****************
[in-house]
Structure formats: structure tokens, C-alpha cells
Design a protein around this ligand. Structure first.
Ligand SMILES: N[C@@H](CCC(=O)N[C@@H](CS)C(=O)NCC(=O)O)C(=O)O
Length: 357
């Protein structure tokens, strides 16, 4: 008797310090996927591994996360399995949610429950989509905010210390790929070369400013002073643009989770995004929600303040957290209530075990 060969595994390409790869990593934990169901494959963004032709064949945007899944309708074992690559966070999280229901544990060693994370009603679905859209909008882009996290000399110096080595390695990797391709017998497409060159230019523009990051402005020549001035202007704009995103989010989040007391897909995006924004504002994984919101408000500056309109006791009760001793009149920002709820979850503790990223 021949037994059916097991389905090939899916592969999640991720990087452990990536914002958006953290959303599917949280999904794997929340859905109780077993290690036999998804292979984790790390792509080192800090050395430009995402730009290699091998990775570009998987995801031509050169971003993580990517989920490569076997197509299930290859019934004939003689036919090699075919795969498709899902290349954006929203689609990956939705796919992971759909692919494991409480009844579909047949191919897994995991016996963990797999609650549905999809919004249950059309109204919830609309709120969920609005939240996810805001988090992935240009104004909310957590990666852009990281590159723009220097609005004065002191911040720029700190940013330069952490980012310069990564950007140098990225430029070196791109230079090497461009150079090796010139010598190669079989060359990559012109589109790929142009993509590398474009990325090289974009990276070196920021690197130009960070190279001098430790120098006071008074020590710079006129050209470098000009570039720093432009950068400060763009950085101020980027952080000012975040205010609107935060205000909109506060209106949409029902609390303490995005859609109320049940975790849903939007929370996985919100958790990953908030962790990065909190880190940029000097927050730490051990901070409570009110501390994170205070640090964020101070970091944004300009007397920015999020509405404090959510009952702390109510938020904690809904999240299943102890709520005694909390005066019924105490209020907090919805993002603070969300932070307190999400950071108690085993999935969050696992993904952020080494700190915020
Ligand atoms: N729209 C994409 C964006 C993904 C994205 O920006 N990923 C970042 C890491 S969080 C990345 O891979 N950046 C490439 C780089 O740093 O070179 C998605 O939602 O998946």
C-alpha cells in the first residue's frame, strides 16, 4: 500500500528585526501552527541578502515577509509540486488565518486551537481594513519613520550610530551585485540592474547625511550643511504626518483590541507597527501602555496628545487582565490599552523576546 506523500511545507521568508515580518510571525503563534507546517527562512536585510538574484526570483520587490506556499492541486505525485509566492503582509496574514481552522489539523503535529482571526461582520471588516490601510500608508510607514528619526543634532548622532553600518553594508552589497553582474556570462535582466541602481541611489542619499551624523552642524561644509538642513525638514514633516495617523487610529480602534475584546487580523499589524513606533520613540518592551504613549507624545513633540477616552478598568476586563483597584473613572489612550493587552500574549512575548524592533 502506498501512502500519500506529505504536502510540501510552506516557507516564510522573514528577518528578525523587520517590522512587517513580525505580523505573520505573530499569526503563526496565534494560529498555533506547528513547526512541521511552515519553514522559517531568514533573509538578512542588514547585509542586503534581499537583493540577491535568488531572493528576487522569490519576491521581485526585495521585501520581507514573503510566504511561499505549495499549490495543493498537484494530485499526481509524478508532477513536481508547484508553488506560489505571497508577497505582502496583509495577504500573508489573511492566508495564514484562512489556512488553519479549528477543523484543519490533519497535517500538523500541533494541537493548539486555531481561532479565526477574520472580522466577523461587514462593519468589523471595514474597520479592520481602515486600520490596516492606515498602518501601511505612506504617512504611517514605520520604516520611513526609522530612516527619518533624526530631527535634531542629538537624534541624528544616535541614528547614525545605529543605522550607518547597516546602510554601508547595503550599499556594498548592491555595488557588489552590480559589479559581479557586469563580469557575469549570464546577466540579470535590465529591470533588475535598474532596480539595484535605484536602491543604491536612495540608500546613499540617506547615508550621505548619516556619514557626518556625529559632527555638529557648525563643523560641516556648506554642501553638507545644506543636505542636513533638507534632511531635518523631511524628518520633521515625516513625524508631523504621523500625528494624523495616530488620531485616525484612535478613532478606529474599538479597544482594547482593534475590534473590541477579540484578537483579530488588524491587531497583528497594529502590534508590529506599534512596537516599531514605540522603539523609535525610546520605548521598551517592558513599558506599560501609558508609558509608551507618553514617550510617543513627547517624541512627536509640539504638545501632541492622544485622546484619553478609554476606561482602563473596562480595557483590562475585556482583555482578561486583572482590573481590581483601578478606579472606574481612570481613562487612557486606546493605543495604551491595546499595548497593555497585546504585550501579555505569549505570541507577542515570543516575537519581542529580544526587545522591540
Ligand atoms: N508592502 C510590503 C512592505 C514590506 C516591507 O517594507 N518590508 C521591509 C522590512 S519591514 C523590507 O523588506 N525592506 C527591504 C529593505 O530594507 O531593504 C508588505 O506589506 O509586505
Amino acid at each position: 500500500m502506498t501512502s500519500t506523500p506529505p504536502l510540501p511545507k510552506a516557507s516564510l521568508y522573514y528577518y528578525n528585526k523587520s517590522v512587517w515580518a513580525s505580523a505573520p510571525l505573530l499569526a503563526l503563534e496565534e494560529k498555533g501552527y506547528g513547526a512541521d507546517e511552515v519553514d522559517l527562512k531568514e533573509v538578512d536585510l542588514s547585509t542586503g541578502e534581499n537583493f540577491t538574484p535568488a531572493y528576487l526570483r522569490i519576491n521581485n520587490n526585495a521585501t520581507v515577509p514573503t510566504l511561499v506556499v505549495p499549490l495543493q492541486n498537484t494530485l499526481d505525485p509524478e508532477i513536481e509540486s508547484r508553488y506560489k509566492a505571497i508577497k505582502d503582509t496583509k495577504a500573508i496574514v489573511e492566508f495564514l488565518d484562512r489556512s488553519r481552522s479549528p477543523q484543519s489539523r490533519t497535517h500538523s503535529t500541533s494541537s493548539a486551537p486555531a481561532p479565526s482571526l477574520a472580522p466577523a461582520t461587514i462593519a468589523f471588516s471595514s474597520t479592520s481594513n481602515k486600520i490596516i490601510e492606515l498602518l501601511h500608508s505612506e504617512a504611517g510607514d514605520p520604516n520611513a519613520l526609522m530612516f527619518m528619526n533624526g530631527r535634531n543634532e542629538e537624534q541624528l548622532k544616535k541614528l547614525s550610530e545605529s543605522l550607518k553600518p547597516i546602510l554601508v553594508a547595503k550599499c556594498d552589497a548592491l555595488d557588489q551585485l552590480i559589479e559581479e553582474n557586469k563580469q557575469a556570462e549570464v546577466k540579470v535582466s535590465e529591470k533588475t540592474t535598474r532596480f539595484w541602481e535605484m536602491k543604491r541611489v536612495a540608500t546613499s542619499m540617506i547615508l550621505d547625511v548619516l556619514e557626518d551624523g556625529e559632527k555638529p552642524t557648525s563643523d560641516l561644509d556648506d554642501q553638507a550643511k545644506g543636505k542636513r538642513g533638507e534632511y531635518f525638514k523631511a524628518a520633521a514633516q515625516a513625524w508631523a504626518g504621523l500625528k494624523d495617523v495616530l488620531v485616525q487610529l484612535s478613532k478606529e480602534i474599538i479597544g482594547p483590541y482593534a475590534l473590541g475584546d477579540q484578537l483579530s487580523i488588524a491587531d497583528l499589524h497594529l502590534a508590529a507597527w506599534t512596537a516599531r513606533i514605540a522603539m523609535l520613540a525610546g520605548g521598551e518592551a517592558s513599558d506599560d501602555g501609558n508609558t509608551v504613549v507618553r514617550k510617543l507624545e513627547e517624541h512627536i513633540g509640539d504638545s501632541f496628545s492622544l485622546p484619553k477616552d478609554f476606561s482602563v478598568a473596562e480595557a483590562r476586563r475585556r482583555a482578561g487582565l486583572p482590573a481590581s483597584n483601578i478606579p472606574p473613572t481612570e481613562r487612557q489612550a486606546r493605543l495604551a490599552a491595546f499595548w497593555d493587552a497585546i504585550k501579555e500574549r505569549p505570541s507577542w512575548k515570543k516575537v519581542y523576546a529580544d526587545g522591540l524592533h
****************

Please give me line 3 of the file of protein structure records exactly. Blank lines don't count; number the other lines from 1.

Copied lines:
Design a protein around this ligand. Structure first.